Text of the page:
(WXYZ) - Detroit's bankruptcy case goes back to court on Friday. Judge Steven Rhodes is expected to take up a few matters in a scheduling conference.
Detroit is to file its list of creditors. Chief federal judge Gerald Rosen may also be appointed to be a mediator to handle smaller financial issues away from bankruptcy court. Judge Rhodes will also discuss his limited role in this bankruptcy.
The major issue of Michigan constitutional protections against cuts to public employee pensions is yet to be decided.
Three lawsuits have been moved from state courts to federal bankruptcy court. The city also wants to set up a creditor's committee of retirees to discuss cuts to pensions and retiree healthcare. Two city retiree groups already filed objections to how this will be done.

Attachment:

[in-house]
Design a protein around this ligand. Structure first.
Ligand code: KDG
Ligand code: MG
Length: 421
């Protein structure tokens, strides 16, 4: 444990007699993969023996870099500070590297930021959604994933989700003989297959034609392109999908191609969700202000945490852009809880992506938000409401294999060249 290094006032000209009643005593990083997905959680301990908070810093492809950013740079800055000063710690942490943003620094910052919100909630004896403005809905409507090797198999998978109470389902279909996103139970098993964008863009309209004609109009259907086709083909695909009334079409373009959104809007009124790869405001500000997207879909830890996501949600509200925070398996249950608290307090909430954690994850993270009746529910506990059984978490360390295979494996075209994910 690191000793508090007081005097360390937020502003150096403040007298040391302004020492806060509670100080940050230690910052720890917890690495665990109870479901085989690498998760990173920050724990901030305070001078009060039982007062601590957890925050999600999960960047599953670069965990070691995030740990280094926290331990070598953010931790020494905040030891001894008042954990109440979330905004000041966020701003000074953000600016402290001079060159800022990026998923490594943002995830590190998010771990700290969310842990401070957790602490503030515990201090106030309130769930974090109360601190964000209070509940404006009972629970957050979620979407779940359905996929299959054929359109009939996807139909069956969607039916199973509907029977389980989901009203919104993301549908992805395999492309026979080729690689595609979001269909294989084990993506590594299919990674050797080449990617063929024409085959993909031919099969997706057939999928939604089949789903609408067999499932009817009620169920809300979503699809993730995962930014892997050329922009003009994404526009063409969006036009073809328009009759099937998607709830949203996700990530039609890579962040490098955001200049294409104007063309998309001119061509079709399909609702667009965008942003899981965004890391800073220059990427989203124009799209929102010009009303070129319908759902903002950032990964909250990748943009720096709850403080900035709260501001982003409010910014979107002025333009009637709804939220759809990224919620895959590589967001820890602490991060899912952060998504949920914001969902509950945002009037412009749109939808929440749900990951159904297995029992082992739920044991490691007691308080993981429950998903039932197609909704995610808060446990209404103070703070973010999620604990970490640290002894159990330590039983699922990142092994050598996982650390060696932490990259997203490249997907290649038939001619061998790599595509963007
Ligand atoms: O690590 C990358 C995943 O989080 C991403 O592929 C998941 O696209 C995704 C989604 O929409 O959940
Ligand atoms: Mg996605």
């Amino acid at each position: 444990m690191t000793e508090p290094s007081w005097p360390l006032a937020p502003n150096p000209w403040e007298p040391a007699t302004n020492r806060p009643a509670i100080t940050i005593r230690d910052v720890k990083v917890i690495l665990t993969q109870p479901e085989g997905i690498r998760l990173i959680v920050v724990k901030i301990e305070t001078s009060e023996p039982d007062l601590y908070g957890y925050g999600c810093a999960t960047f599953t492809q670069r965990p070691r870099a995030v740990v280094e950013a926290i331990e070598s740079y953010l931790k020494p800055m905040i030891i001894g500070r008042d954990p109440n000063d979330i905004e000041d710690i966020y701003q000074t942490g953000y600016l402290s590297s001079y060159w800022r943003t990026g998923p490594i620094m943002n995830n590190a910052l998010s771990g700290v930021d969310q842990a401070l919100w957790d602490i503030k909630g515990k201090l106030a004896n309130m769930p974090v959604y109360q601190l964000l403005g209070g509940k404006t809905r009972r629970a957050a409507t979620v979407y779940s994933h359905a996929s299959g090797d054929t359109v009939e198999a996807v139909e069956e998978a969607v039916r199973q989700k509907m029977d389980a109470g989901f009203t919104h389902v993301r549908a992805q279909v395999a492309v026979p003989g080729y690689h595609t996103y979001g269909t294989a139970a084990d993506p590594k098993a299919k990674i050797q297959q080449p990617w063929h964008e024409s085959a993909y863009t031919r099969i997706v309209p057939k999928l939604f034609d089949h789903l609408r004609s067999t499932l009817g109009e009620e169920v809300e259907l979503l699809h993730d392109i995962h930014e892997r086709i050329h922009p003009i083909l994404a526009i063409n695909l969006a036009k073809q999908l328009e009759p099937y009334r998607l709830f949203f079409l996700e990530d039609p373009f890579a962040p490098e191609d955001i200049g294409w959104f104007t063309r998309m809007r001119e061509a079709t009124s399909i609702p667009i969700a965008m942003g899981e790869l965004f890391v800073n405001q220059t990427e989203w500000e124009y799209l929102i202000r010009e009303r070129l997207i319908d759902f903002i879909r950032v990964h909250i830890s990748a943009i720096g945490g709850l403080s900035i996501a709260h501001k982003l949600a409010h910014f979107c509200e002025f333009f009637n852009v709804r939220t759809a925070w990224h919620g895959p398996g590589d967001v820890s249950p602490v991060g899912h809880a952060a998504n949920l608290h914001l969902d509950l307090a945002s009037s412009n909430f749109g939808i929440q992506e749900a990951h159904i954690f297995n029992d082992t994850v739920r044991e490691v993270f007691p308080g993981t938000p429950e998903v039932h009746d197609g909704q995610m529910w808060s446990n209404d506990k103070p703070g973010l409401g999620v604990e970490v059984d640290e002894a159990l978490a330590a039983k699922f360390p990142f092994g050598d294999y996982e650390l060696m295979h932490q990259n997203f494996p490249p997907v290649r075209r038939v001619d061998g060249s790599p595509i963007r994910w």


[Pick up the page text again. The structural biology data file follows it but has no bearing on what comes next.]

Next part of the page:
The Crow City employee pensions systems also plan to object to the city proposal. The city pension systems are underfunded by $3.5 billion dollars.
They are the two largest creditors.
The judge on Friday will also set deadlines and a schedule. Detroit has 20,000 retired and 10,000 active employees. Most police and fire retirees do not draw Social Security in retirement. Pensions average $30,000 annually.
A trial on the city's eligibility to even be in bankruptcy court is tentatively set for October. March of next year is tentatively set for the city to file its restructuring plan.
Cameras are not allowed inside federal court but a live blog will be provided on WXYZ.com.